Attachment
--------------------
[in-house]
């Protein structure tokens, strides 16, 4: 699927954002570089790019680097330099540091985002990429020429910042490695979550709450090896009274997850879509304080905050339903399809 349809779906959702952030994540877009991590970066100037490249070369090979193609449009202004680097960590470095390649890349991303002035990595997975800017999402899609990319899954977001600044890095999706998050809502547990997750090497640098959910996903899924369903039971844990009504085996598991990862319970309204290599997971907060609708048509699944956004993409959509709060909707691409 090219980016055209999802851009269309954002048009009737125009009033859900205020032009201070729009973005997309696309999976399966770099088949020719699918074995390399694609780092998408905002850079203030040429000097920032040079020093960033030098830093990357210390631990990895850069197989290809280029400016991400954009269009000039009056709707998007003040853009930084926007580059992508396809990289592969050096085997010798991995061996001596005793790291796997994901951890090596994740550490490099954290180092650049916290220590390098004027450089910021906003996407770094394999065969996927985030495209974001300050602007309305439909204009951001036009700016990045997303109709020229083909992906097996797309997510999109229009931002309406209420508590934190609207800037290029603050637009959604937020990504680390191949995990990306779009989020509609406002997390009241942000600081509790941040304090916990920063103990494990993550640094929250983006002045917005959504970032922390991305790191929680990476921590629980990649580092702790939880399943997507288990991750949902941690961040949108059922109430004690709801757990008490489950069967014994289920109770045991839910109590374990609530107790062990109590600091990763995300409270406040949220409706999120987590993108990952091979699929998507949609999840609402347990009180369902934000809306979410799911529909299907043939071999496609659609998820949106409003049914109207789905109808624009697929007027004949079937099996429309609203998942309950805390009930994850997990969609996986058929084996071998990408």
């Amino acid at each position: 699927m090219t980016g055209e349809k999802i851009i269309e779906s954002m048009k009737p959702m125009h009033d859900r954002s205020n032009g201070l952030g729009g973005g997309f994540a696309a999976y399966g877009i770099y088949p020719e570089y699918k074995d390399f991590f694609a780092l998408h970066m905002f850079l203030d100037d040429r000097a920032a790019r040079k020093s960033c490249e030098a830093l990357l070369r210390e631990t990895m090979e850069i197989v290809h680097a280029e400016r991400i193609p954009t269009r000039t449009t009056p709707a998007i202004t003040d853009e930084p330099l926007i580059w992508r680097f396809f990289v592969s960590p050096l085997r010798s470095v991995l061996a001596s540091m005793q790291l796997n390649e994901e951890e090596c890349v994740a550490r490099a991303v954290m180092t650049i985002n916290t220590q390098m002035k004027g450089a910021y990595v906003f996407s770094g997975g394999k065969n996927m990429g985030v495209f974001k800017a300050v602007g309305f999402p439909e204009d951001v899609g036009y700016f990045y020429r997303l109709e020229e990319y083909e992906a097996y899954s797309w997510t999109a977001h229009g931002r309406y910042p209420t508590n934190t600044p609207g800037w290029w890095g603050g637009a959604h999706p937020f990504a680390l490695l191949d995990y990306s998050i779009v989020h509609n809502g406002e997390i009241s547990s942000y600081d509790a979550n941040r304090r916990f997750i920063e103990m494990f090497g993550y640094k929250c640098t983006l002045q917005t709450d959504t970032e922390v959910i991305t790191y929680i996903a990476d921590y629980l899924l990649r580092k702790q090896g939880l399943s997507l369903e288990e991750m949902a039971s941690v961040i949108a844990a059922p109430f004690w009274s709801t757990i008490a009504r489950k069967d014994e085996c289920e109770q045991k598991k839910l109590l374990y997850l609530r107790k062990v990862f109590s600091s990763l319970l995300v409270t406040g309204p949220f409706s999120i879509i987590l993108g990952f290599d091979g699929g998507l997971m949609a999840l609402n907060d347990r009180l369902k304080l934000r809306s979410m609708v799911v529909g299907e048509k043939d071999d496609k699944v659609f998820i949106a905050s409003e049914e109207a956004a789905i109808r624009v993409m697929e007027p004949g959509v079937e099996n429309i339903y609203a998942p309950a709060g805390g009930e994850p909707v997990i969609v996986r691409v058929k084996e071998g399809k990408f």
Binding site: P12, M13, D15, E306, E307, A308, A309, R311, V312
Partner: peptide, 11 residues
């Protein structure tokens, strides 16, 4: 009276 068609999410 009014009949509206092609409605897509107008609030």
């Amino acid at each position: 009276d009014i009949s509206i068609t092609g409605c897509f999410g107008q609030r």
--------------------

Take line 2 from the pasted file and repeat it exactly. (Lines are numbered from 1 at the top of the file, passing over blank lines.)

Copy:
């Protein structure tokens, strides 16, 4: 699927954002570089790019680097330099540091985002990429020429910042490695979550709450090896009274997850879509304080905050339903399809 349809779906959702952030994540877009991590970066100037490249070369090979193609449009202004680097960590470095390649890349991303002035990595997975800017999402899609990319899954977001600044890095999706998050809502547990997750090497640098959910996903899924369903039971844990009504085996598991990862319970309204290599997971907060609708048509699944956004993409959509709060909707691409 090219980016055209999802851009269309954002048009009737125009009033859900205020032009201070729009973005997309696309999976399966770099088949020719699918074995390399694609780092998408905002850079203030040429000097920032040079020093960033030098830093990357210390631990990895850069197989290809280029400016991400954009269009000039009056709707998007003040853009930084926007580059992508396809990289592969050096085997010798991995061996001596005793790291796997994901951890090596994740550490490099954290180092650049916290220590390098004027450089910021906003996407770094394999065969996927985030495209974001300050602007309305439909204009951001036009700016990045997303109709020229083909992906097996797309997510999109229009931002309406209420508590934190609207800037290029603050637009959604937020990504680390191949995990990306779009989020509609406002997390009241942000600081509790941040304090916990920063103990494990993550640094929250983006002045917005959504970032922390991305790191929680990476921590629980990649580092702790939880399943997507288990991750949902941690961040949108059922109430004690709801757990008490489950069967014994289920109770045991839910109590374990609530107790062990109590600091990763995300409270406040949220409706999120987590993108990952091979699929998507949609999840609402347990009180369902934000809306979410799911529909299907043939071999496609659609998820949106409003049914109207789905109808624009697929007027004949079937099996429309609203998942309950805390009930994850997990969609996986058929084996071998990408």